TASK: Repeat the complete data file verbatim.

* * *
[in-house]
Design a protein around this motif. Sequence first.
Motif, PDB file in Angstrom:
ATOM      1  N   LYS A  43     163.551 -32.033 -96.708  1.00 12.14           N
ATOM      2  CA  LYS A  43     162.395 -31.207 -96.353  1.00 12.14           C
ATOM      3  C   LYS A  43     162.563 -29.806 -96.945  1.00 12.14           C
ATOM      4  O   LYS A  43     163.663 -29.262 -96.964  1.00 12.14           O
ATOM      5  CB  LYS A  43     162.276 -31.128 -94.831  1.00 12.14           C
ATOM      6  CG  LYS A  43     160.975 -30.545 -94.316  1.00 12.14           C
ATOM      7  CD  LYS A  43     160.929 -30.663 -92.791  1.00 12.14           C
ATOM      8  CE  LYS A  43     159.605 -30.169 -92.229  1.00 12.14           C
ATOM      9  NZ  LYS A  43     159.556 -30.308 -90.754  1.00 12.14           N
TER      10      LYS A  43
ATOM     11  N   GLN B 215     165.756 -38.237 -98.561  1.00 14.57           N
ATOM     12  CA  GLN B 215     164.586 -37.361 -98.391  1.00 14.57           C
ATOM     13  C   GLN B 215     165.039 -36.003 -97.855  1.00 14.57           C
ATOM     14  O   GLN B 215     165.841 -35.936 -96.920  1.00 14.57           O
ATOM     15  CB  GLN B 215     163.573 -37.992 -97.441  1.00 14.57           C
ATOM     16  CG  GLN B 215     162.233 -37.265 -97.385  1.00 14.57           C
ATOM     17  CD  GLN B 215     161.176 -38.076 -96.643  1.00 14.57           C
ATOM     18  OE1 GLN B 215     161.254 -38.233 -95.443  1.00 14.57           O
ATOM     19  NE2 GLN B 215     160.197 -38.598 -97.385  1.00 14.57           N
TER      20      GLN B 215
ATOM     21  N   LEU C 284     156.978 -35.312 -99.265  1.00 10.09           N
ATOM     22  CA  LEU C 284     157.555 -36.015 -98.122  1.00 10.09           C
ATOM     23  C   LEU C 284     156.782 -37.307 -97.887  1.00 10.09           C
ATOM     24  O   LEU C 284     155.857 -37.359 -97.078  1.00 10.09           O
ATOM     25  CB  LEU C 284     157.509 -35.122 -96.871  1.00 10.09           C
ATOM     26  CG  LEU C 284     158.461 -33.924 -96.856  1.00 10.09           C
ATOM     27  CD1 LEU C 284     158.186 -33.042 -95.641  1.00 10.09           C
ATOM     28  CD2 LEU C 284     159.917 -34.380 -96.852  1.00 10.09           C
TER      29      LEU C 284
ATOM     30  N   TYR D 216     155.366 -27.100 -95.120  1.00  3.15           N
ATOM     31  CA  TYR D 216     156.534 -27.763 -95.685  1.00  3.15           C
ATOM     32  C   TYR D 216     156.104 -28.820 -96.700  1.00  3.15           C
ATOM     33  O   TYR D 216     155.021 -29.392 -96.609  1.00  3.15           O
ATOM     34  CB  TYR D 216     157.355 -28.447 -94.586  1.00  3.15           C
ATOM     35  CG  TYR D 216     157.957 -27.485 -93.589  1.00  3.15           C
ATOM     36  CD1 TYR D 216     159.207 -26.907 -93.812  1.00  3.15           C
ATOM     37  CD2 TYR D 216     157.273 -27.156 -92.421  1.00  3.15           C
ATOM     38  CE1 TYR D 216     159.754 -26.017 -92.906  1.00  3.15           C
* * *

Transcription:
[in-house]
Design a protein around this motif. Sequence first.
Motif, PDB file in Angstrom:
ATOM      1  N   LYS A  43     163.551 -32.033 -96.708  1.00 12.14           N
ATOM      2  CA  LYS A  43     162.395 -31.207 -96.353  1.00 12.14           C
ATOM      3  C   LYS A  43     162.563 -29.806 -96.945  1.00 12.14           C
ATOM      4  O   LYS A  43     163.663 -29.262 -96.964  1.00 12.14           O
ATOM      5  CB  LYS A  43     162.276 -31.128 -94.831  1.00 12.14           C
ATOM      6  CG  LYS A  43     160.975 -30.545 -94.316  1.00 12.14           C
ATOM      7  CD  LYS A  43     160.929 -30.663 -92.791  1.00 12.14           C
ATOM      8  CE  LYS A  43     159.605 -30.169 -92.229  1.00 12.14           C
ATOM      9  NZ  LYS A  43     159.556 -30.308 -90.754  1.00 12.14           N
TER      10      LYS A  43
ATOM     11  N   GLN B 215     165.756 -38.237 -98.561  1.00 14.57           N
ATOM     12  CA  GLN B 215     164.586 -37.361 -98.391  1.00 14.57           C
ATOM     13  C   GLN B 215     165.039 -36.003 -97.855  1.00 14.57           C
ATOM     14  O   GLN B 215     165.841 -35.936 -96.920  1.00 14.57           O
ATOM     15  CB  GLN B 215     163.573 -37.992 -97.441  1.00 14.57           C
ATOM     16  CG  GLN B 215     162.233 -37.265 -97.385  1.00 14.57           C
ATOM     17  CD  GLN B 215     161.176 -38.076 -96.643  1.00 14.57           C
ATOM     18  OE1 GLN B 215     161.254 -38.233 -95.443  1.00 14.57           O
ATOM     19  NE2 GLN B 215     160.197 -38.598 -97.385  1.00 14.57           N
TER      20      GLN B 215
ATOM     21  N   LEU C 284     156.978 -35.312 -99.265  1.00 10.09           N
ATOM     22  CA  LEU C 284     157.555 -36.015 -98.122  1.00 10.09           C
ATOM     23  C   LEU C 284     156.782 -37.307 -97.887  1.00 10.09           C
ATOM     24  O   LEU C 284     155.857 -37.359 -97.078  1.00 10.09           O
ATOM     25  CB  LEU C 284     157.509 -35.122 -96.871  1.00 10.09           C
ATOM     26  CG  LEU C 284     158.461 -33.924 -96.856  1.00 10.09           C
ATOM     27  CD1 LEU C 284     158.186 -33.042 -95.641  1.00 10.09           C
ATOM     28  CD2 LEU C 284     159.917 -34.380 -96.852  1.00 10.09           C
TER      29      LEU C 284
ATOM     30  N   TYR D 216     155.366 -27.100 -95.120  1.00  3.15           N
ATOM     31  CA  TYR D 216     156.534 -27.763 -95.685  1.00  3.15           C
ATOM     32  C   TYR D 216     156.104 -28.820 -96.700  1.00  3.15           C
ATOM     33  O   TYR D 216     155.021 -29.392 -96.609  1.00  3.15           O
ATOM     34  CB  TYR D 216     157.355 -28.447 -94.586  1.00  3.15           C
ATOM     35  CG  TYR D 216     157.957 -27.485 -93.589  1.00  3.15           C
ATOM     36  CD1 TYR D 216     159.207 -26.907 -93.812  1.00  3.15           C
ATOM     37  CD2 TYR D 216     157.273 -27.156 -92.421  1.00  3.15           C
ATOM     38  CE1 TYR D 216     159.754 -26.017 -92.906  1.00  3.15           C